Written by Jurjen

There are several ways to make an impact on society. The Italian Niccolò Fontana (1500- 1557) did it by being a mathematician and engineer. Not everybody knows him as Niccolò Fontana. Most people know him by the name Niccolò Tartaglia, which means ‘Niccolò the Stammerer’. We will explain later why he got this name. Let’s first have a look at why he is famous.

Impact on science

Most of us have learned in school how to solve quadratic equations ($latex ax^2 +bx = c$). This was already known in Tartaglia’s life. However, Tartaglia wanted to take it to the next level and included third powers ($latex x^3$) to the equation and wanted to have a general solution for these cubic equations as well.

Another mathematician, Antonio Fior, was also working on this same problem. His teacher, Del Ferro, shared the secret of solving one type of cubic equation with Fior. To decide who was the main expert in solving cubic equations, Tartaglia and Fior started a Mathematics battle. Here they challenged each other with a number of mathematical problems that they both had to solve. Fior didn’t know that Tartaglia had found a general way to solve all cubic equations. So, Tartaglia won the battle and gained more respect in the scientific society as the expert on cubic equations.

Unfortunately, this story about the cubic equations has not a happy end because another scientist, Girolamo Cardano, published Tartaglia’s solution in his book without consulting Tartaglia. He did this after meeting with Tartaglia, where Tartaglia told him his solution in trust. Cardano had promised not to share it because Tartaglia wanted to publish his solution by himself, so that he could earn money with it. Even though Cardano mentioned Tartaglia’s name with the solution, they ended up being in a fight about it and Tartaglia remained poor.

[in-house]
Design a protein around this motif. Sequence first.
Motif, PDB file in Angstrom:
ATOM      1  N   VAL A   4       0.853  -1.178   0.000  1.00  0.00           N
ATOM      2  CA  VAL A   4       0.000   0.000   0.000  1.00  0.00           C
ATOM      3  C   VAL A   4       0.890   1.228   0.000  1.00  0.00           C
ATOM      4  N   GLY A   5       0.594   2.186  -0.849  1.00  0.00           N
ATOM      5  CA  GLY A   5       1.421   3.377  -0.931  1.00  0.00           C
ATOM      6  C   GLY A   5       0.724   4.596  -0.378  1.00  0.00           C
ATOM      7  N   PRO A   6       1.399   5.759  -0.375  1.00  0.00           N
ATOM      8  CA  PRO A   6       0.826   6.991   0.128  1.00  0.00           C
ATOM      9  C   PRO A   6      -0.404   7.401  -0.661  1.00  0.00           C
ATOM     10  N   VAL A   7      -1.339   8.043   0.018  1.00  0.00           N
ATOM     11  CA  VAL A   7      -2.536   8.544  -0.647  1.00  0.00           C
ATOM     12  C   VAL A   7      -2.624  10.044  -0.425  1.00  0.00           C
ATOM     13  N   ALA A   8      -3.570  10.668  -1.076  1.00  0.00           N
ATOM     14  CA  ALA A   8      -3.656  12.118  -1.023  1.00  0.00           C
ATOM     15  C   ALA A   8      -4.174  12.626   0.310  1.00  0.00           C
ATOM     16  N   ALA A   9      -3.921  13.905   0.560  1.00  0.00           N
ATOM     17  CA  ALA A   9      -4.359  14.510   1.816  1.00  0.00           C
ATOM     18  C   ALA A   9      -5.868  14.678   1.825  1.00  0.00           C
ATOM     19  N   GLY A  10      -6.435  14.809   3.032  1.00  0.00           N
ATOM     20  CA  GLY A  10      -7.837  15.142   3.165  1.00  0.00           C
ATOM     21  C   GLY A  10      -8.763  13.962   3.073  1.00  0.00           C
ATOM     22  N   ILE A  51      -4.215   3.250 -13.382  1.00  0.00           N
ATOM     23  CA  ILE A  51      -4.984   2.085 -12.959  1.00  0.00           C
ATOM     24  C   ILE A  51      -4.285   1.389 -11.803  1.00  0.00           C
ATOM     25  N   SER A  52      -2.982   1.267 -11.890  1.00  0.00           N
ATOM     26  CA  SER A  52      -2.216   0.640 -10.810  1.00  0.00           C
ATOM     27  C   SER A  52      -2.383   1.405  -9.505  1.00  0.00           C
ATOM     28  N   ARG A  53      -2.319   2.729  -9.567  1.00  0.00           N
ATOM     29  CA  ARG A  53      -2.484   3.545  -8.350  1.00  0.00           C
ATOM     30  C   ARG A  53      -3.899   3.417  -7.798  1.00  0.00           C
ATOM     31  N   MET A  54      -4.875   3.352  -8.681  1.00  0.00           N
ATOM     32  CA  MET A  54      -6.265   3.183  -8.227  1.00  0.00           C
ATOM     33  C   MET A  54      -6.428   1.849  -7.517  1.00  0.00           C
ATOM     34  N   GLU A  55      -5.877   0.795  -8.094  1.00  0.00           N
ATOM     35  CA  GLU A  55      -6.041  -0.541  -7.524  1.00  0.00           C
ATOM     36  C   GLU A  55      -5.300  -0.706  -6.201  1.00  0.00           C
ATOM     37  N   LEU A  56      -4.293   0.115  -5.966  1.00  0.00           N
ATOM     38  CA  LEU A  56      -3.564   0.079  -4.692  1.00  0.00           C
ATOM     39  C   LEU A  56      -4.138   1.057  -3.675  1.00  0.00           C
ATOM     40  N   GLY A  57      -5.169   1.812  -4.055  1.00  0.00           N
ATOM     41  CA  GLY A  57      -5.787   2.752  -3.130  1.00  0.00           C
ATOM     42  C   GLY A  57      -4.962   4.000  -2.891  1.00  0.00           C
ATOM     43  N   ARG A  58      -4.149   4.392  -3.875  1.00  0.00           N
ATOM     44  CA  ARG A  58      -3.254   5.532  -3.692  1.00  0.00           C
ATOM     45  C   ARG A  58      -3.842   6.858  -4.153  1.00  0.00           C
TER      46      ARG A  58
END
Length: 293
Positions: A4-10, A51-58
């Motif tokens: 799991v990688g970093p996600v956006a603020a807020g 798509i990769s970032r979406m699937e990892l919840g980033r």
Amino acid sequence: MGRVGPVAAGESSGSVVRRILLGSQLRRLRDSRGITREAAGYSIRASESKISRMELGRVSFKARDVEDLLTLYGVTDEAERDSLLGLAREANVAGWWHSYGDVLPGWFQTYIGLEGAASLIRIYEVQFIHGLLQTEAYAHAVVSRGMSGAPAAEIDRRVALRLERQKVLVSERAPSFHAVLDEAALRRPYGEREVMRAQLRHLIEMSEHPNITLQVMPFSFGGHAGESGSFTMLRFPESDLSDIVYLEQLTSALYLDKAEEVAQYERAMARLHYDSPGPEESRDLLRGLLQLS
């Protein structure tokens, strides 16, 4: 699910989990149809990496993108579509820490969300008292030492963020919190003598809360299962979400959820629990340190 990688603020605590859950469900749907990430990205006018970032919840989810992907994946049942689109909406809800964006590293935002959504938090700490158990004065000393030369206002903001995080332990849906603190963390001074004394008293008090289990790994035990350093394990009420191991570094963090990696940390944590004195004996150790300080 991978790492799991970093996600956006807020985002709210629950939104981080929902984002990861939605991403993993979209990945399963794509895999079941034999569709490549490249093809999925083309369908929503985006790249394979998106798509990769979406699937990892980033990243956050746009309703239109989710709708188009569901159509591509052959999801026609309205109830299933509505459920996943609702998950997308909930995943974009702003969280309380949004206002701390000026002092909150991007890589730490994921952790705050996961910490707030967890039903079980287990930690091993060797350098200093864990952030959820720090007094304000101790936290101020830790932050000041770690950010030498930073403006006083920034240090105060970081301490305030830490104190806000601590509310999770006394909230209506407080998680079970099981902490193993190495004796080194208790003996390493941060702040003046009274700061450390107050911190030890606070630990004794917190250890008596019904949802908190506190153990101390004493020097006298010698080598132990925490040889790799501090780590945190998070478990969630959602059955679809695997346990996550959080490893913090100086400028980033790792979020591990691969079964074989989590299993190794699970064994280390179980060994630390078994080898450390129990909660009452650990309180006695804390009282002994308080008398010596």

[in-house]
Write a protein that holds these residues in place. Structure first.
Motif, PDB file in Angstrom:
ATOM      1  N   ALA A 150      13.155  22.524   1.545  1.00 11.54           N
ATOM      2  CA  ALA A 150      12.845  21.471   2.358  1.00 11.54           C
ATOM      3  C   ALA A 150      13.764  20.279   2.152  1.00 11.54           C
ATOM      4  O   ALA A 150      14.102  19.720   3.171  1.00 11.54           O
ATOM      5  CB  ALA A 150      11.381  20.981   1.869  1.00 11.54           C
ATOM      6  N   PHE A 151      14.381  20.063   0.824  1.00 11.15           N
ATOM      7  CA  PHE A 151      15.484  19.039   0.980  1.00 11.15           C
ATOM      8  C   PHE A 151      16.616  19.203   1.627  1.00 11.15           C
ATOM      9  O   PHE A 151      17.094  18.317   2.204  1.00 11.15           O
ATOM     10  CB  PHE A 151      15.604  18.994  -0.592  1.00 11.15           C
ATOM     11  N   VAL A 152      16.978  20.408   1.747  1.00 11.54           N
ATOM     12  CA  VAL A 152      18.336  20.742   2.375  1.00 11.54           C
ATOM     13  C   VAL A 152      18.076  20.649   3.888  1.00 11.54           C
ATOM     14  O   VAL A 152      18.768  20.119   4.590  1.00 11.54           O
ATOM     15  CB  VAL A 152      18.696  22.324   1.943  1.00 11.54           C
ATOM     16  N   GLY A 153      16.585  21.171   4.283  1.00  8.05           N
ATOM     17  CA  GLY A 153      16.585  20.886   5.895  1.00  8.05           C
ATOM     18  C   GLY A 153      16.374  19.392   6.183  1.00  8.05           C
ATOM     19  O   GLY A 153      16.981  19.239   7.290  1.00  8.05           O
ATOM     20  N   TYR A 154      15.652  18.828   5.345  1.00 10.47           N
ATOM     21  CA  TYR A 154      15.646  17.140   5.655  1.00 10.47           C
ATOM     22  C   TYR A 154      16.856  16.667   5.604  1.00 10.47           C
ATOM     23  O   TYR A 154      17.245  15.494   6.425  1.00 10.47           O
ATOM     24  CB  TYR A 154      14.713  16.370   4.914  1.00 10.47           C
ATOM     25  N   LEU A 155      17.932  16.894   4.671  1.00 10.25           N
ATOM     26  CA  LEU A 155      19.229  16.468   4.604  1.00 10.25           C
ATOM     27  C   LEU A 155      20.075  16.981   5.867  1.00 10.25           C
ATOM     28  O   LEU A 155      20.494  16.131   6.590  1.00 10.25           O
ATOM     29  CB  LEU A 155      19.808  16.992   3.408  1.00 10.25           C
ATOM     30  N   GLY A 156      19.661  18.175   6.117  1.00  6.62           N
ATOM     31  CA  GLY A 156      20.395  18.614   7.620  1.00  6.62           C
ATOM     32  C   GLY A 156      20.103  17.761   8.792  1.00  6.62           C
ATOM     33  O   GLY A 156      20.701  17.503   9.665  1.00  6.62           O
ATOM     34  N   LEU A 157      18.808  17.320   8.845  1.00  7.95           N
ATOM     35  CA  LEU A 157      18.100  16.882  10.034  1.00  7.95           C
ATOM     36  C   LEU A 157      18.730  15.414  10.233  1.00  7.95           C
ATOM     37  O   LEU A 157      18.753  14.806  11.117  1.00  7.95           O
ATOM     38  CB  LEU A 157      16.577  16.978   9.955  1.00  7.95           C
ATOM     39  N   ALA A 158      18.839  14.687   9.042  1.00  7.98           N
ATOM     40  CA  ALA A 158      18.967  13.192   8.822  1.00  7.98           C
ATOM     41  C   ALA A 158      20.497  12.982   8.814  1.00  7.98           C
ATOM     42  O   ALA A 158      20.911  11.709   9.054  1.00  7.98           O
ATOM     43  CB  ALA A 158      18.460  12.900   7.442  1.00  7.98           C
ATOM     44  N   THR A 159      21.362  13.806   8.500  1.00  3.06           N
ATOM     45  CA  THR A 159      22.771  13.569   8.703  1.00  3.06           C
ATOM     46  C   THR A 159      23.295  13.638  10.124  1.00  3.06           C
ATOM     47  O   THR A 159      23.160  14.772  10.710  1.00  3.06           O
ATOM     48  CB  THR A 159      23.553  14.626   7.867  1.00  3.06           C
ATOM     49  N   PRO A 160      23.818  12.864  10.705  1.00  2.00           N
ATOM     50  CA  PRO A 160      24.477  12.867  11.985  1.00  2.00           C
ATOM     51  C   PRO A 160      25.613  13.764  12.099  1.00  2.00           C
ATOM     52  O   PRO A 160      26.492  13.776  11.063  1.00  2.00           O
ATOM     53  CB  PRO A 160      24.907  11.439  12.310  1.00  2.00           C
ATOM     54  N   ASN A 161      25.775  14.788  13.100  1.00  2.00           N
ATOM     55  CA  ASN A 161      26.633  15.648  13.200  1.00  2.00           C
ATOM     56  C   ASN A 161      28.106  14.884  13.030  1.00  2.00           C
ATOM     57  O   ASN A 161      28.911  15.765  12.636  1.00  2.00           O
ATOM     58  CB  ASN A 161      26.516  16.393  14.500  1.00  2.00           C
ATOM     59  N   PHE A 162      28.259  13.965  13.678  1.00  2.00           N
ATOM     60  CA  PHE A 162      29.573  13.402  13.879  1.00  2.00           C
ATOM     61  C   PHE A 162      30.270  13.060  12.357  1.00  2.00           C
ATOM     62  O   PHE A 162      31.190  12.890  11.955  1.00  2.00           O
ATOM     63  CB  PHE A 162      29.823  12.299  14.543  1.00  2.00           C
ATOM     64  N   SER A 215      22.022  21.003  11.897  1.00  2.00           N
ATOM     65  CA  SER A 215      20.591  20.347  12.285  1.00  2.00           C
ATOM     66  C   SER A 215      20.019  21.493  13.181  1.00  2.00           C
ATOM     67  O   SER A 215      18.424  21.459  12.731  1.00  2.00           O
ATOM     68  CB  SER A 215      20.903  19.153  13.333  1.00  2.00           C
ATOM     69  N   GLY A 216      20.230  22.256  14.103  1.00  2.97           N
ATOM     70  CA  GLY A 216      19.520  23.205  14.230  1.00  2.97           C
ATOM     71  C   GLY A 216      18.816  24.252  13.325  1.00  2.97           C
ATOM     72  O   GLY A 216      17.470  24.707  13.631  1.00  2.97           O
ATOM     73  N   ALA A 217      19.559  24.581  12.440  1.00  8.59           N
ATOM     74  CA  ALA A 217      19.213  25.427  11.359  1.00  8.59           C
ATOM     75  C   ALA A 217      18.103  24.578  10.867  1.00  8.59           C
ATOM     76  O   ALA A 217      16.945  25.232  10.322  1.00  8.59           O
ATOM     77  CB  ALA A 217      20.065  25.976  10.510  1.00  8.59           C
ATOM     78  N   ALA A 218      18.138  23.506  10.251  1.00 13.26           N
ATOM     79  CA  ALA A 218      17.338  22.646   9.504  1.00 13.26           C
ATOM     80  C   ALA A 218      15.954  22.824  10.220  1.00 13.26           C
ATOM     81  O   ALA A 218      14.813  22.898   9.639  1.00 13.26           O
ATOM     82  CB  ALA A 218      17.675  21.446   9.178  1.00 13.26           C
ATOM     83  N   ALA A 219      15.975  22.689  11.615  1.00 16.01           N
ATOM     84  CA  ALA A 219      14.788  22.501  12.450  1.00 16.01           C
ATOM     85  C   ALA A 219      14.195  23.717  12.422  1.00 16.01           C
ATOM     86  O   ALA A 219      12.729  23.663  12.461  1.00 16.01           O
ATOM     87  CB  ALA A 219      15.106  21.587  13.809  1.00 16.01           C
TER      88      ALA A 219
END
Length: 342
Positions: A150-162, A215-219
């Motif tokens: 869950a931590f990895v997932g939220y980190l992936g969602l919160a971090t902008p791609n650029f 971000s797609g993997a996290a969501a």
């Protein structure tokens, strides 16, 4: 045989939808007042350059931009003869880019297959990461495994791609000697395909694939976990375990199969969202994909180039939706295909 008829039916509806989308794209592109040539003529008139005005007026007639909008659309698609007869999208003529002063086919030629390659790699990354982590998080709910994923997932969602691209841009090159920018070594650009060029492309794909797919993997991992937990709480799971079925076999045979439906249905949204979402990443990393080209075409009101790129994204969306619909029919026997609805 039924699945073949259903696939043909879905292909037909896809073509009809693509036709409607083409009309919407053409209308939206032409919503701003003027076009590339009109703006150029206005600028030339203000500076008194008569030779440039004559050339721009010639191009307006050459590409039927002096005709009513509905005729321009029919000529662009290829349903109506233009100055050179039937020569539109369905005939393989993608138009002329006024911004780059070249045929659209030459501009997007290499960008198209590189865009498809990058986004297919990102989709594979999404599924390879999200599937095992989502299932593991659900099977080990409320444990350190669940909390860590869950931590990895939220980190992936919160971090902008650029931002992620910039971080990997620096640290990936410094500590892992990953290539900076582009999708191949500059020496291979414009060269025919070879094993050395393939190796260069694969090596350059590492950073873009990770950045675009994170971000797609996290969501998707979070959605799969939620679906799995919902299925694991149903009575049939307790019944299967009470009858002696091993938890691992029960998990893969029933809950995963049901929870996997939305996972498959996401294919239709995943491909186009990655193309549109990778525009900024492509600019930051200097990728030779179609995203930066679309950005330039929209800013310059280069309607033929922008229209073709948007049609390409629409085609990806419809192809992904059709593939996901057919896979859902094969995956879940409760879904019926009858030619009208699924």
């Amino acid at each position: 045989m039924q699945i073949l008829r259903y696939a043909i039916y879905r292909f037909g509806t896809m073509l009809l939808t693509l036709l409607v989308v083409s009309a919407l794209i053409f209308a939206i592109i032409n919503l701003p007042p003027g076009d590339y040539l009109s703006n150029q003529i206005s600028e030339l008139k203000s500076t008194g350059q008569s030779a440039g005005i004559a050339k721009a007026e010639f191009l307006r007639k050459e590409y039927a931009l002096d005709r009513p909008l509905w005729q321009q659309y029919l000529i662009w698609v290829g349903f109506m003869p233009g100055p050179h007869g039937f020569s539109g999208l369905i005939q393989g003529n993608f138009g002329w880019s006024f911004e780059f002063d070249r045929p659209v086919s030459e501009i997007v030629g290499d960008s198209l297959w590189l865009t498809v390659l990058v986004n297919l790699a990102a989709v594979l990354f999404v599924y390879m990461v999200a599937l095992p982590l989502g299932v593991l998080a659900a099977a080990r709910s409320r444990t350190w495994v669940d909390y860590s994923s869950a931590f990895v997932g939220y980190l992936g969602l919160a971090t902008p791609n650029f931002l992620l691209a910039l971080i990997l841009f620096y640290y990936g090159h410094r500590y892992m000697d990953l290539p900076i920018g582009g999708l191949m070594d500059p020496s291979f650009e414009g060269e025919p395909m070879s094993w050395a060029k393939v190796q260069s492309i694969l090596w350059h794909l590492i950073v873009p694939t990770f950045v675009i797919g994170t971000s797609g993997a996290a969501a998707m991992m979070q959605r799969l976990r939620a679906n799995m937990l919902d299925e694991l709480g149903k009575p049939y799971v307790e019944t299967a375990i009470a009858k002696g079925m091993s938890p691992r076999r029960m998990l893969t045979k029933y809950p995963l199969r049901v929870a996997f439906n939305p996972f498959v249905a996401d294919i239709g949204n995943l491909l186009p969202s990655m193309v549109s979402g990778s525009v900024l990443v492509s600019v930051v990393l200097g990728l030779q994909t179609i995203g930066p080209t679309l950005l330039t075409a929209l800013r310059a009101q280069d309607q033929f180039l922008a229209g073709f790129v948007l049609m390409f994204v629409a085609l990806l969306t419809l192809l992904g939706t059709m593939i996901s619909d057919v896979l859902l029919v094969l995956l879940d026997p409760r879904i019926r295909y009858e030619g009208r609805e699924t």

Other contributions

Besides cubic equations, Tartaglia was also busy with improving Aristotle’s work on ballistics (simply said: the mathematics to describe how a projectile, like a cannonball, flies through the sky). You can call Tartaglia the founding father of modern ballistics. He also translated an old mathematical work from Euclides, The Elements, to Italian. He contributed also in other ways to science, but let’s go now to his stuttering life.

Tartaglia’s stuttering life

Tartaglia statue in his place of birth, Brescia.

Despite his impact on science and engineering, he was also known as somebody with a stutter. The story goes that he was severely wounded when he was 12, after a French army attacked his home city, Brescia, in Italy. The soldiers left him for death, but surprisingly he survived because his mother literally licked his wounds. He later wrote: “In the cathedral, in front of my mother, I was given five murderous wounds, three on my head (each of them exposing my brain) and two on my face. Today I would look like a monster if I did not hide the injuries behind my beard. One of the wounds cut my mouth and my teeth, breaking my jaw and palate in half. This stopped me from talking except in my throat the way magpies do.”

His speech impediment started after this attack.

“Tartaglia received five serious head wounds, which left him with his stutter.” [John Stillwell] This is one of the quotes where it is assumed that his stutter started because of the physical-neurological damage he had due to the beating, but it might also be that event that triggered late developmental stuttering. We’ll never know for sure. He was not the only one with physical and mental damage after the attack on Brescia. So, he wasn’t alone in being ‘different’ and that could also be the reason that he didn’t hold back and developed his talents and became known as a great self-promoter. He always showed off his talents and skills, whenever he could, and liked to step in the spotlight.

Let Tartaglia be an inspiration for all of us to focus on your talents, instead of how you are different to others.

Sources

“Niccolo Tartaglia.” Famous Scientists. famousscientists.org. 31 Jul. 2016. Web. 24/05/2020 <www.famousscientists.org/niccolo-tartaglia/>.

“Niccolo Tartaglia.” Mathshistory. September 2005. Web. 24/05/2020 <http://mathshistory.st-andrews.ac.uk/Biographies/Tartaglia.html>.

John Stillwell (2010). “Biographical Notes: Tartaglia, Cardano, and Viete.” Mathematics and History. Springer, Third Edition